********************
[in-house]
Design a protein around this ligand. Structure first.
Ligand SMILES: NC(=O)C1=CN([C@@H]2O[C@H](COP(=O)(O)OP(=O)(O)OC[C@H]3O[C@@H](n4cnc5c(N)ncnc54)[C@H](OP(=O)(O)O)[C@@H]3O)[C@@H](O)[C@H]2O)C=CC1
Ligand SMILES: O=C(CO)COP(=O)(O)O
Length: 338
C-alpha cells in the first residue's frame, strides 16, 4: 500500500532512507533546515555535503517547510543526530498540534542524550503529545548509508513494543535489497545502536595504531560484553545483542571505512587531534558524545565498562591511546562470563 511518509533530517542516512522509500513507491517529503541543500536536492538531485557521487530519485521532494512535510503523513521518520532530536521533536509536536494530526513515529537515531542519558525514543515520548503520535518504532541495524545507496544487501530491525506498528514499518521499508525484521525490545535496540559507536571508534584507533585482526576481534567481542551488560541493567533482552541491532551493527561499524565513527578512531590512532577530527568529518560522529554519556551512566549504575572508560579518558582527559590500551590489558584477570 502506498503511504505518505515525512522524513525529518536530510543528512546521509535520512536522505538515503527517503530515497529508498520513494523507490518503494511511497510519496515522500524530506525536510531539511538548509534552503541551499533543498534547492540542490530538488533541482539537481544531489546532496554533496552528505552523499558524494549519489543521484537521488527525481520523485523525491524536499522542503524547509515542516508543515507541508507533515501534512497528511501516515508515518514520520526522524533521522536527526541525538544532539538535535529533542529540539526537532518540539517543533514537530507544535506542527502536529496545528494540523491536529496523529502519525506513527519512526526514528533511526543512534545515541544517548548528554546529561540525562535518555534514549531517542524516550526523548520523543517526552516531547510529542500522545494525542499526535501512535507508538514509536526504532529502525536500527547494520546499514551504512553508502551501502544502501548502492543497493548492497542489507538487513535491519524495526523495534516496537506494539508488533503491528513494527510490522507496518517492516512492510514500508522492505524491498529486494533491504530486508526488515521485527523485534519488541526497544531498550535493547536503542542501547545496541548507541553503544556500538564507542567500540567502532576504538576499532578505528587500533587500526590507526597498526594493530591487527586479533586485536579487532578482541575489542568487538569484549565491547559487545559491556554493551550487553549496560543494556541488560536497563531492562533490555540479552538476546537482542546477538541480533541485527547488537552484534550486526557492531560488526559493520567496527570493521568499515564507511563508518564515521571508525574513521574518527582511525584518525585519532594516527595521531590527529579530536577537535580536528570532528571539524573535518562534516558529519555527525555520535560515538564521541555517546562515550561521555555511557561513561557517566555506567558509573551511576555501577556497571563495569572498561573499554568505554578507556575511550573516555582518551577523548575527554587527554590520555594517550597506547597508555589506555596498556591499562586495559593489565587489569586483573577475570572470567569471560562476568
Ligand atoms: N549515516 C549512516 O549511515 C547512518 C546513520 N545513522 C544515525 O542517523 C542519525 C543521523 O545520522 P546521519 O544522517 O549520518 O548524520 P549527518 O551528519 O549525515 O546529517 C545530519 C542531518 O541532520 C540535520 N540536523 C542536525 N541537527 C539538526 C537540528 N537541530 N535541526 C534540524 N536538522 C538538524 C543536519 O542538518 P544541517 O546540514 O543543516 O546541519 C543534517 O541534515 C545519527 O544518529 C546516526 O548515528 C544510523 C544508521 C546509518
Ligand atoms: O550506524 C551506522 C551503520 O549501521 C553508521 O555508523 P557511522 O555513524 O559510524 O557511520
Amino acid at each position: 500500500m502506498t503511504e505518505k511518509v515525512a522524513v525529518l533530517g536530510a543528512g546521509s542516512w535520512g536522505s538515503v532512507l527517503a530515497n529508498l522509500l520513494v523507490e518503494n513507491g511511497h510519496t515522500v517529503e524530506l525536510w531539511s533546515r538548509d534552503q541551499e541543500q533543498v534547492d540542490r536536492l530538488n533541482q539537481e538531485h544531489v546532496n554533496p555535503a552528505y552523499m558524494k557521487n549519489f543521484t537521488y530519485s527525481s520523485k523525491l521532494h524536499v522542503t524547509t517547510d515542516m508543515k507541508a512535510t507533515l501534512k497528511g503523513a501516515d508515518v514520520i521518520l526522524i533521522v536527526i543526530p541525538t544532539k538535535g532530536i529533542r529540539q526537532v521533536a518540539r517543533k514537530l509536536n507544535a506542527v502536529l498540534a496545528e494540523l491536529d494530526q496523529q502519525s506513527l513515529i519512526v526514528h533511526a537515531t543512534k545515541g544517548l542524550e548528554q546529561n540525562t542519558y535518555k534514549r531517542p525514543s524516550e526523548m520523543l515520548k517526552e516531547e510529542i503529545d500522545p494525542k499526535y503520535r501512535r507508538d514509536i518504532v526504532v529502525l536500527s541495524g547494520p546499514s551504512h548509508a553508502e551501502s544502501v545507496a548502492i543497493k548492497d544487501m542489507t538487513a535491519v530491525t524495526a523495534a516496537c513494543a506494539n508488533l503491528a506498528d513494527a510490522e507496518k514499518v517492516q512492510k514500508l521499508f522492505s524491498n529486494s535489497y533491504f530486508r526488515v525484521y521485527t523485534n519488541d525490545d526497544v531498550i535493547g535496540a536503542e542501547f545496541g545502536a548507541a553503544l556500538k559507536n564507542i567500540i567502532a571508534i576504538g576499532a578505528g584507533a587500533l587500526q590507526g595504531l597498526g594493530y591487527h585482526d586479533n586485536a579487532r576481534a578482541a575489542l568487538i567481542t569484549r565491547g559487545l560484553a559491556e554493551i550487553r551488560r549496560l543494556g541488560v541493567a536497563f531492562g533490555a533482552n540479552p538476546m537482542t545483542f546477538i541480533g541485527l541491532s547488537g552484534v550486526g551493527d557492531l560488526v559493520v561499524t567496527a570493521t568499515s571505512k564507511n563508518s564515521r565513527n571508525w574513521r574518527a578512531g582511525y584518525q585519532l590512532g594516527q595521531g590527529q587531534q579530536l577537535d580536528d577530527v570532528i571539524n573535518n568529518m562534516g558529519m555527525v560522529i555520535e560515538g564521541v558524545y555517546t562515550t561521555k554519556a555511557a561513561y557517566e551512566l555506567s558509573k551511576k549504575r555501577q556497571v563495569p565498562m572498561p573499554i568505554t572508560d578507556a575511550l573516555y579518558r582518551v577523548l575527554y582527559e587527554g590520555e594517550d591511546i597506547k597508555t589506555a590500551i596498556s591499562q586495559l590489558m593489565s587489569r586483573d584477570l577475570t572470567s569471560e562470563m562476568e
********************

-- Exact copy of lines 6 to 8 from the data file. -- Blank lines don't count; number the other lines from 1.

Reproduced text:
C-alpha cells in the first residue's frame, strides 16, 4: 500500500532512507533546515555535503517547510543526530498540534542524550503529545548509508513494543535489497545502536595504531560484553545483542571505512587531534558524545565498562591511546562470563 511518509533530517542516512522509500513507491517529503541543500536536492538531485557521487530519485521532494512535510503523513521518520532530536521533536509536536494530526513515529537515531542519558525514543515520548503520535518504532541495524545507496544487501530491525506498528514499518521499508525484521525490545535496540559507536571508534584507533585482526576481534567481542551488560541493567533482552541491532551493527561499524565513527578512531590512532577530527568529518560522529554519556551512566549504575572508560579518558582527559590500551590489558584477570 502506498503511504505518505515525512522524513525529518536530510543528512546521509535520512536522505538515503527517503530515497529508498520513494523507490518503494511511497510519496515522500524530506525536510531539511538548509534552503541551499533543498534547492540542490530538488533541482539537481544531489546532496554533496552528505552523499558524494549519489543521484537521488527525481520523485523525491524536499522542503524547509515542516508543515507541508507533515501534512497528511501516515508515518514520520526522524533521522536527526541525538544532539538535535529533542529540539526537532518540539517543533514537530507544535506542527502536529496545528494540523491536529496523529502519525506513527519512526526514528533511526543512534545515541544517548548528554546529561540525562535518555534514549531517542524516550526523548520523543517526552516531547510529542500522545494525542499526535501512535507508538514509536526504532529502525536500527547494520546499514551504512553508502551501502544502501548502492543497493548492497542489507538487513535491519524495526523495534516496537506494539508488533503491528513494527510490522507496518517492516512492510514500508522492505524491498529486494533491504530486508526488515521485527523485534519488541526497544531498550535493547536503542542501547545496541548507541553503544556500538564507542567500540567502532576504538576499532578505528587500533587500526590507526597498526594493530591487527586479533586485536579487532578482541575489542568487538569484549565491547559487545559491556554493551550487553549496560543494556541488560536497563531492562533490555540479552538476546537482542546477538541480533541485527547488537552484534550486526557492531560488526559493520567496527570493521568499515564507511563508518564515521571508525574513521574518527582511525584518525585519532594516527595521531590527529579530536577537535580536528570532528571539524573535518562534516558529519555527525555520535560515538564521541555517546562515550561521555555511557561513561557517566555506567558509573551511576555501577556497571563495569572498561573499554568505554578507556575511550573516555582518551577523548575527554587527554590520555594517550597506547597508555589506555596498556591499562586495559593489565587489569586483573577475570572470567569471560562476568
Ligand atoms: N549515516 C549512516 O549511515 C547512518 C546513520 N545513522 C544515525 O542517523 C542519525 C543521523 O545520522 P546521519 O544522517 O549520518 O548524520 P549527518 O551528519 O549525515 O546529517 C545530519 C542531518 O541532520 C540535520 N540536523 C542536525 N541537527 C539538526 C537540528 N537541530 N535541526 C534540524 N536538522 C538538524 C543536519 O542538518 P544541517 O546540514 O543543516 O546541519 C543534517 O541534515 C545519527 O544518529 C546516526 O548515528 C544510523 C544508521 C546509518
Ligand atoms: O550506524 C551506522 C551503520 O549501521 C553508521 O555508523 P557511522 O555513524 O559510524 O557511520